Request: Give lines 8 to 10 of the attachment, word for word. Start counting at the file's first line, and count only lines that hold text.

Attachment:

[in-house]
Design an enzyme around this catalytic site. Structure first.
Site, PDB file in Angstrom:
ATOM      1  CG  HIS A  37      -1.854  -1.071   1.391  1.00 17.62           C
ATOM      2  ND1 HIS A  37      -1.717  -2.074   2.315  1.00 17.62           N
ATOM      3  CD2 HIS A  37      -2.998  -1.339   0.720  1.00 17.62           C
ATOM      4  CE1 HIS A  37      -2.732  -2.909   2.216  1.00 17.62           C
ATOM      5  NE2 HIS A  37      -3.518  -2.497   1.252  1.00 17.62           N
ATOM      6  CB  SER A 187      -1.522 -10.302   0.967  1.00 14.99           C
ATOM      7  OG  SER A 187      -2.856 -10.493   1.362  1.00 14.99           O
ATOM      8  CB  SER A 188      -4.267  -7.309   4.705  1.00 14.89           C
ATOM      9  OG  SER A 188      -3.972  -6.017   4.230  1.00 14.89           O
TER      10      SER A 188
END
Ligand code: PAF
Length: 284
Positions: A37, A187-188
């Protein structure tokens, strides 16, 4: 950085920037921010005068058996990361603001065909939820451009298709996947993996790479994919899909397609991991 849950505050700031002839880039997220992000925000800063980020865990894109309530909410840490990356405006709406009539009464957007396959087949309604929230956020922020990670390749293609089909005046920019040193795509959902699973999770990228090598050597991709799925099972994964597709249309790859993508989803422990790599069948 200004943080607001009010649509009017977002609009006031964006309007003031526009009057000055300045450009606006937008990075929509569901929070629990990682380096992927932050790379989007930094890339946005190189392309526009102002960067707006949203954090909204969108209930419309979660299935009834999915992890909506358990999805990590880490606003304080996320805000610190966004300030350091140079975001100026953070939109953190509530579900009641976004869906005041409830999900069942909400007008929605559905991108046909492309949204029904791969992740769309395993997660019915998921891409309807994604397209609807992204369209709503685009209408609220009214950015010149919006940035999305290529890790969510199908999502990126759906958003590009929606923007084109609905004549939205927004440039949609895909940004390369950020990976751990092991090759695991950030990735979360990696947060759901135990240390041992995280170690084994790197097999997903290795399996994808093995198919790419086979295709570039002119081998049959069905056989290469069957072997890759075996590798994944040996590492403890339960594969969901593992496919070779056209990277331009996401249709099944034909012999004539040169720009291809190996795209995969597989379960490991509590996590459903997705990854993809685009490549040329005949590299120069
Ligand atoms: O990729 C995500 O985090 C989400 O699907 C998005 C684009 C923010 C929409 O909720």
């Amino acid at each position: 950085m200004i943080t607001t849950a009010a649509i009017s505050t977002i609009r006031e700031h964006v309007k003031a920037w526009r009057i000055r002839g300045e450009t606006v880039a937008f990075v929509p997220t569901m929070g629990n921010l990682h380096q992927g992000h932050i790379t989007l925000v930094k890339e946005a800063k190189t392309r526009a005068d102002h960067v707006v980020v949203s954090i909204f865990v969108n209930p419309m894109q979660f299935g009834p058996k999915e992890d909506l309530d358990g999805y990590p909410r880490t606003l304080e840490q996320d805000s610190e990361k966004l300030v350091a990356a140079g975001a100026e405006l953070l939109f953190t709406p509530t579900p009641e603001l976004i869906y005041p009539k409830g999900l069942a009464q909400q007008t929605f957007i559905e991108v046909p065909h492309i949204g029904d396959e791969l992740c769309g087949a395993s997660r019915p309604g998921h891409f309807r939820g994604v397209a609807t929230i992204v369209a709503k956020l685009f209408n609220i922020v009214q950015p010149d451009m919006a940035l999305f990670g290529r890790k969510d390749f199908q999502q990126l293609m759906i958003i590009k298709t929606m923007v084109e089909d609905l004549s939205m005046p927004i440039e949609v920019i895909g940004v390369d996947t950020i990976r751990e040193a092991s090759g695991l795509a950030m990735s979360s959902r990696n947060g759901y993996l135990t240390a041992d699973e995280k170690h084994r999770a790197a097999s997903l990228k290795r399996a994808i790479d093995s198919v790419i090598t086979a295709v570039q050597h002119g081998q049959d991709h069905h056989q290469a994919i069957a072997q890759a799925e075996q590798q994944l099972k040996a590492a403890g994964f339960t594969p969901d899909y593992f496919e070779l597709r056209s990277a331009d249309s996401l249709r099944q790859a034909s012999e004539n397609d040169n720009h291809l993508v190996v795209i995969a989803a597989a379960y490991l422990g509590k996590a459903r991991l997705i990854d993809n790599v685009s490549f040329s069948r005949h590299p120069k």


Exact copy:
ATOM      5  NE2 HIS A  37      -3.518  -2.497   1.252  1.00 17.62           N
ATOM      6  CB  SER A 187      -1.522 -10.302   0.967  1.00 14.99           C
ATOM      7  OG  SER A 187      -2.856 -10.493   1.362  1.00 14.99           O